Today, Jennifer wants to continue talking directly about her experiences with cancer and the chemotherapy and the impact they are having on her life.
She is in remission and has 2 courses of chemotherapy left plus radiation. The nausea can be so great that her focus is, at times, just sitting still to avoid throwing up. What makes this especially challenging is that nausea and vomiting are her kryptonite.
Her perception of every day activities has changed. Just trying to get off the couch can be difficult:
- The chemo weighs her down making getting up extremely strenuous;
- She can’t stand up;
- There is a big struggle dealing with the helplessness;
- She can’t power through the situation, one of her go-to tactics
- Ben has to get her water when she is only a few feet from the refrigerator.
Another uncomfortable side effect of the chemotherapy is the constipation. It feels like she’s pooping razor blades.
Perspective-wise, Jennifer sees how normal day-to-day activities can be taken for granted.
Another physical aspect is hair loss, something she has been documenting and about which she’s gained a new perspective. Her hair has always been a challenge because it is so curly. When it grows back in she won’t complain.
Physically, in addition to the weakness caused by the chemotherapy she can taste and smell the chemotherapeutic drugs for the first few days after they’ve been administered.
After listening to the first entry in this cancer journal podcast Jennifer saw how she was initially naive as to the toll it takes. She says this feeling some comfort over the fact she has a cancer with a high remission rate. As in the first podcast, she looks for moments of joy and celebrating being with her partner, Ben. He is an archeologist and they will be traveling next year to Italy and Greece. They spend time looking at the places they can visit.
In line with visiting new places, she will be glad when she can eat more than some rice. Although, Jennifer isn’t complaining when they get out of the house and go out to eat. It feels good to get off the couch.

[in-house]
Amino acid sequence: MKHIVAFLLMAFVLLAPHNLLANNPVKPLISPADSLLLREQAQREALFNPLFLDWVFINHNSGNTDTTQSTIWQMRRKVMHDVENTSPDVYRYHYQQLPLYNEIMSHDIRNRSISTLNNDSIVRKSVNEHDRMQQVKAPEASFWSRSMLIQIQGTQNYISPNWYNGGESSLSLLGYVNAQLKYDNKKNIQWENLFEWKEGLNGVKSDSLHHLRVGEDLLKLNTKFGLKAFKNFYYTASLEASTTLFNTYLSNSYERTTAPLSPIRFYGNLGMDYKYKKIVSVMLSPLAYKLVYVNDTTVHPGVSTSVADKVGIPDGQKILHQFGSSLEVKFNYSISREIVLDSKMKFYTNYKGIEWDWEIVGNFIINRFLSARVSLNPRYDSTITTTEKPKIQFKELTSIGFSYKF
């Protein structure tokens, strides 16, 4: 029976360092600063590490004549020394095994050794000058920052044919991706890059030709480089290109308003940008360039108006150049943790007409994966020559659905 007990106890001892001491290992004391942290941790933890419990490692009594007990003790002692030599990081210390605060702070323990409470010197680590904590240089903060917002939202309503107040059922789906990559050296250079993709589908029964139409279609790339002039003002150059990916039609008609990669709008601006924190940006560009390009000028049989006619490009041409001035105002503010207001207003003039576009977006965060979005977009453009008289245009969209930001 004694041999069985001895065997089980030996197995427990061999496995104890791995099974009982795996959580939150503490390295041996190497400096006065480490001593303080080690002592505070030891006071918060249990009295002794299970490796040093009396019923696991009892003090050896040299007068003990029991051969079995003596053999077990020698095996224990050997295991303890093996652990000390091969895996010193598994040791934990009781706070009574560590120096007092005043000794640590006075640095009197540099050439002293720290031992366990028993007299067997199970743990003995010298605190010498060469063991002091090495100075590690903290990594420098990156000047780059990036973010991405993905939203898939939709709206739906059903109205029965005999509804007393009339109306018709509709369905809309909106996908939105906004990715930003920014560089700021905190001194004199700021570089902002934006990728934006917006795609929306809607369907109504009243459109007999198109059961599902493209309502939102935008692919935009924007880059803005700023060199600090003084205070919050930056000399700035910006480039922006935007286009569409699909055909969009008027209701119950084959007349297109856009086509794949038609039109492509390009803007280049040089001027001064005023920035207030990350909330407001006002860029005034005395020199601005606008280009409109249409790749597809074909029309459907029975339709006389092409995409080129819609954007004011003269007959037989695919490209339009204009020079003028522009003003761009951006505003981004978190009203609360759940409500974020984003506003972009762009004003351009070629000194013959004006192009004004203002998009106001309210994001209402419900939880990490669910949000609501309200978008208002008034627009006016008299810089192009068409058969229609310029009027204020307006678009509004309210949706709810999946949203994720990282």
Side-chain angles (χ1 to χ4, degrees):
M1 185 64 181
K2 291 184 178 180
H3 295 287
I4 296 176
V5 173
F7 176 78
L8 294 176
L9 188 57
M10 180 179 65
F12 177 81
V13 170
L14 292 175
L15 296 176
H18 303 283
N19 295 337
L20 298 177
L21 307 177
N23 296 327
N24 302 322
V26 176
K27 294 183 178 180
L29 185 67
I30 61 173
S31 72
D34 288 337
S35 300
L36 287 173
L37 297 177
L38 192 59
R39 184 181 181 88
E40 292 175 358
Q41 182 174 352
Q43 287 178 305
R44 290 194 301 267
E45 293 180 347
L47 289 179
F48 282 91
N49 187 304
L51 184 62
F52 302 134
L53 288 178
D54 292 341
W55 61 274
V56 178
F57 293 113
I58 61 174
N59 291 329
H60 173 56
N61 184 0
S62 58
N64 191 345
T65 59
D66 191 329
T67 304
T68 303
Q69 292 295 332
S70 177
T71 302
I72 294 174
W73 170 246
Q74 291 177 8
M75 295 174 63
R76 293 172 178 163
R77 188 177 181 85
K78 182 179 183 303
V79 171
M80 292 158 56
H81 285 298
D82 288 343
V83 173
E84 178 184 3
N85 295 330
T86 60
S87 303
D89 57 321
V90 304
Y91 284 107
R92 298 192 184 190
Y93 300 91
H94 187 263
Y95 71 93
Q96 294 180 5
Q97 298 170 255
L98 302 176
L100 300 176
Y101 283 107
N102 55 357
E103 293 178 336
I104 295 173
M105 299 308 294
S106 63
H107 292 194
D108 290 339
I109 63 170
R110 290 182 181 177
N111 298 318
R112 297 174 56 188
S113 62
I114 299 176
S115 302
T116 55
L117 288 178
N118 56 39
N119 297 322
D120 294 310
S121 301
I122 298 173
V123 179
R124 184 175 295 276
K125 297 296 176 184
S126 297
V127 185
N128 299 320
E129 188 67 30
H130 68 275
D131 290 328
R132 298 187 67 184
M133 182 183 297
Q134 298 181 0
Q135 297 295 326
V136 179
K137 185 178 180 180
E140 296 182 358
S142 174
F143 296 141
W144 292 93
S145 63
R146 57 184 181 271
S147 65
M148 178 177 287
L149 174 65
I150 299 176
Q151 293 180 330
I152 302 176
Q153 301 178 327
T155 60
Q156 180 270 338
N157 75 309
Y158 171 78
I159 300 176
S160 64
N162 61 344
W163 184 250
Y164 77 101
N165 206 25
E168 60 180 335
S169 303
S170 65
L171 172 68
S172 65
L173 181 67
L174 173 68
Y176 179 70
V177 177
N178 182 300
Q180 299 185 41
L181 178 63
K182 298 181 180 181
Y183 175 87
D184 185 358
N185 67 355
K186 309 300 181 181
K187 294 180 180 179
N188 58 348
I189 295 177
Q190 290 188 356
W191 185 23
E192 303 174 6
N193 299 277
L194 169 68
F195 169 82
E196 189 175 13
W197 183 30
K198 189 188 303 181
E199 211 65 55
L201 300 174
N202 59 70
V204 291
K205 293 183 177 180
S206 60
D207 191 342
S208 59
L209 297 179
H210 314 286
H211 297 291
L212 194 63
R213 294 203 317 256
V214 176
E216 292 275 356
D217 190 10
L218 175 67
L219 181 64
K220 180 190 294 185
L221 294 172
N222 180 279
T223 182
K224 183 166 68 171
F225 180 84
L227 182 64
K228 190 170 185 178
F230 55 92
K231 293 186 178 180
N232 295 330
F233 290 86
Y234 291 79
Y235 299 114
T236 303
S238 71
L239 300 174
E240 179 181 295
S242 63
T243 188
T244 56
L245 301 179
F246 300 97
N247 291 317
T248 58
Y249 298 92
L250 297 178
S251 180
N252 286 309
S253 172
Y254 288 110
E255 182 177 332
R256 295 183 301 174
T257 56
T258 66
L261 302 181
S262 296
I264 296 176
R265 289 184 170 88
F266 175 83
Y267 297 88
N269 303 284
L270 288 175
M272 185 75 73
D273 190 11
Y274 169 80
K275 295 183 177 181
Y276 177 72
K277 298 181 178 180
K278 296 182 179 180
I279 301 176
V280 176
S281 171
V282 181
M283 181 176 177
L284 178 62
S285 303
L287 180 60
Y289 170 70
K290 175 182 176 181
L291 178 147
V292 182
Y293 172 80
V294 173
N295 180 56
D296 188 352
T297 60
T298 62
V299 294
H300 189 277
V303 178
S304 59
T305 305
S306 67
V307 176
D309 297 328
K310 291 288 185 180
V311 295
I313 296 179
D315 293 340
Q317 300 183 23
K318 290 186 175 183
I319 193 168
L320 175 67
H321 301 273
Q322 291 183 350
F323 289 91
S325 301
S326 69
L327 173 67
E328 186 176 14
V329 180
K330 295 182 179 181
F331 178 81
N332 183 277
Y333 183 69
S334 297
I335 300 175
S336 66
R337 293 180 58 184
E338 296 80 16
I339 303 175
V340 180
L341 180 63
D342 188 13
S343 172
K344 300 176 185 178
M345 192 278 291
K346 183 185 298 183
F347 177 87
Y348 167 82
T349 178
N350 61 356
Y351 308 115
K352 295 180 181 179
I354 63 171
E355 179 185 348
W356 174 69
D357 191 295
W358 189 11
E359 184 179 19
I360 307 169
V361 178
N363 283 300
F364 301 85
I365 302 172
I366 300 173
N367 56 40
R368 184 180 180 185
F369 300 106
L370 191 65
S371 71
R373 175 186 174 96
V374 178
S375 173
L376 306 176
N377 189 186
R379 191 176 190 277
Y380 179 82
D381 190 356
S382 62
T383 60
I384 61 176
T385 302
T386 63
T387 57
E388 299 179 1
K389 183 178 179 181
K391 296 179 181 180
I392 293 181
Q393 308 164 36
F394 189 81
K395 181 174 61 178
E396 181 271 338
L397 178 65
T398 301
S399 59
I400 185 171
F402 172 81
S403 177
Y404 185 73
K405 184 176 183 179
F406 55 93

When asked about the possible humiliation the cancer can cause she responded with:
- Helplessness, for which Ben supplies support. His behavior is humbling for her, which helps keep a positive frame of mind;
- She feels like she is losing her womanhood. Ben looks past that.
- On really bad days, Jennifer also worries that Ben is just sticking around until it is over and then he’ll leave. She has learned to take a step back on those days and think, “It will get better than this.”
- Vulnerability. Jennifer is used to being her own person and doing for herself. The cancer and chemo challenge that way of being which rolls into a feeling of not being worthwhile if she can’t be attractive.
With regards to the above, Jennifer offers some advice:
- Avoid “Why me?” Yes, the situation is unfair but dwelling on that question can destroy you;
- Watch out for self-pity. There can be times where it is felt for a moment but avoid living in it;
- As an Extrovert, she’s learned to occupy her mind as best she can when she has the energy. She spends more time doing deep thinking – an Introvert activity – and is writing “The Lymphoma Diaries;”
- Use levity, even if it is dark humor. It helps reduce stress;
- Work to let your care-givers have time to be themselves.
- In terms of going out in public, it is important to accept yourself as you are, where you are, and just go about your activities. This is easier to do when she is with Ben. When by herself there is the urge to feel self-conscious.
- Jennifer lacks the urge to hide. She’s learned it is better to think, “Wow, I have the energy today to get out of the house!”
Well, that’s about it.
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